Arrived 2:30, Grandpa and Tina on hand to greet us.  New slips for visiting yachts offered a safe, inexpensive haven for the Happy Days and tempt us to return again more often.  If only Provincetown had similar facilities.   On the other hand, one of Darrell McClure’s best illustrations for  my “Water on the Brain” article shows Ed hanging from the Provincetown pier.                   
Monday, September 3,1956, Barnstable to Cohasset.
     Enjoyed our day and a half visit with the folks.  Last night before dinner Ed and I had a swim in Pleasant Bay to wake us up and sharpen our appetites.  Wonderful steak dinner followed by wonderful bed.
     Ed and I got up around nine, had a swim, then breakfast with Grandpa and Tina.  They regaled us with stories of Terrible Timmy: the time he wanted a pair of rubber boots to wear down to the pond and called Grandpa “an old skinflint” for not surrendering one of his best pairs; the time he and his grandfather had a jam of some kind and Tim retired to his room, sending Vonnie down with the message that he wouldn’t come out until Grandpa apologized to him.  “Goddamit, I should say not!” Grandpa bellowed, and a few minutes later Timmy came meekly down the stairs with no further talk of apologies.  We all agreed he was the brassiest (spelled with two t’s in the middle) lad we had ever seen but that he would go far.  “How soon?” Ed wanted to know.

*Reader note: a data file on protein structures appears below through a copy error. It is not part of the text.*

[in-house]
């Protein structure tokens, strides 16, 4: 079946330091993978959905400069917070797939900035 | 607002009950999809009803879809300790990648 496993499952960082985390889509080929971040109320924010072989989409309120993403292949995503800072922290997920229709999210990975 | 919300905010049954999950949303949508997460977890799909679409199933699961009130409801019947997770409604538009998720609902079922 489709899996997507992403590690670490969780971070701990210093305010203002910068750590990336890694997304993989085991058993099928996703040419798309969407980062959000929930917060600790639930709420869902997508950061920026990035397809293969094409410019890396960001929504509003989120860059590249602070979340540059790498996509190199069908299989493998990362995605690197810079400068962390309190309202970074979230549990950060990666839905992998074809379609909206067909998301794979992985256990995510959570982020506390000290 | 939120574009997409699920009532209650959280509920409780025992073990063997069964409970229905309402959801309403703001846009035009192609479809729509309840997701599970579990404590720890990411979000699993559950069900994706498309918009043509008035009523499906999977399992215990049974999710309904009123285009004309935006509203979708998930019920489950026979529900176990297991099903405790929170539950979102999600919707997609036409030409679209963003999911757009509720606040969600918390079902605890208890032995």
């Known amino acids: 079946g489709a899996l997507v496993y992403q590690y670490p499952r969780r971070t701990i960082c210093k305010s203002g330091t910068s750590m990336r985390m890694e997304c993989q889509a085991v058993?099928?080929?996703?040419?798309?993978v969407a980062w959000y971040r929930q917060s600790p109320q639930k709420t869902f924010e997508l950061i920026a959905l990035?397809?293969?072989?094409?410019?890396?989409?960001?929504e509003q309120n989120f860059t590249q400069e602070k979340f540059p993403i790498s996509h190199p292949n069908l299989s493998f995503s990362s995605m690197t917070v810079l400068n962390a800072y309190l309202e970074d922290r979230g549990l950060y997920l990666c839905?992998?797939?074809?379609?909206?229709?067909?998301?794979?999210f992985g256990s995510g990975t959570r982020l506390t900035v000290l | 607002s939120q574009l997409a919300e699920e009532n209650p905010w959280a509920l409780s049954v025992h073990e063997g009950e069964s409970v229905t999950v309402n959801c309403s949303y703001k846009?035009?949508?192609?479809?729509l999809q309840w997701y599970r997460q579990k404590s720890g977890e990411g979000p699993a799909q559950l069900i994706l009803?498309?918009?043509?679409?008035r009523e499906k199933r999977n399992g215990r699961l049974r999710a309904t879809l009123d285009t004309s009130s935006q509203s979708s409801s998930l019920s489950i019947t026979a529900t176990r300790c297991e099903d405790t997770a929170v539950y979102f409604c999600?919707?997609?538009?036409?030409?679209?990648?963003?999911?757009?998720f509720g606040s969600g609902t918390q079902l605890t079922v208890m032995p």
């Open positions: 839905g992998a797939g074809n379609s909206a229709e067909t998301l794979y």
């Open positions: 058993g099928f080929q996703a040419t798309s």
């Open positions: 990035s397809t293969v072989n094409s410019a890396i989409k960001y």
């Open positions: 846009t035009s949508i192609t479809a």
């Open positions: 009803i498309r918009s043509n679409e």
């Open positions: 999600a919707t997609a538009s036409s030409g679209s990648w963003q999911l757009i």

Piled into the jeep and took a run over to Nauset Beach.  Ed was dismayed by his father’s manner of driving and volunteered a running stream of advice and reproofs from the back seat.  “Take it easy, what a cowboy, watch out for those kids, slow down,” etc.
     He sounded exactly like Grandpa two years ago when Ed was driving the jeep, but neither of the men would believe this.  “Whose side are you on?” Grandpa demanded, and I told him, “I’m agin both of you.”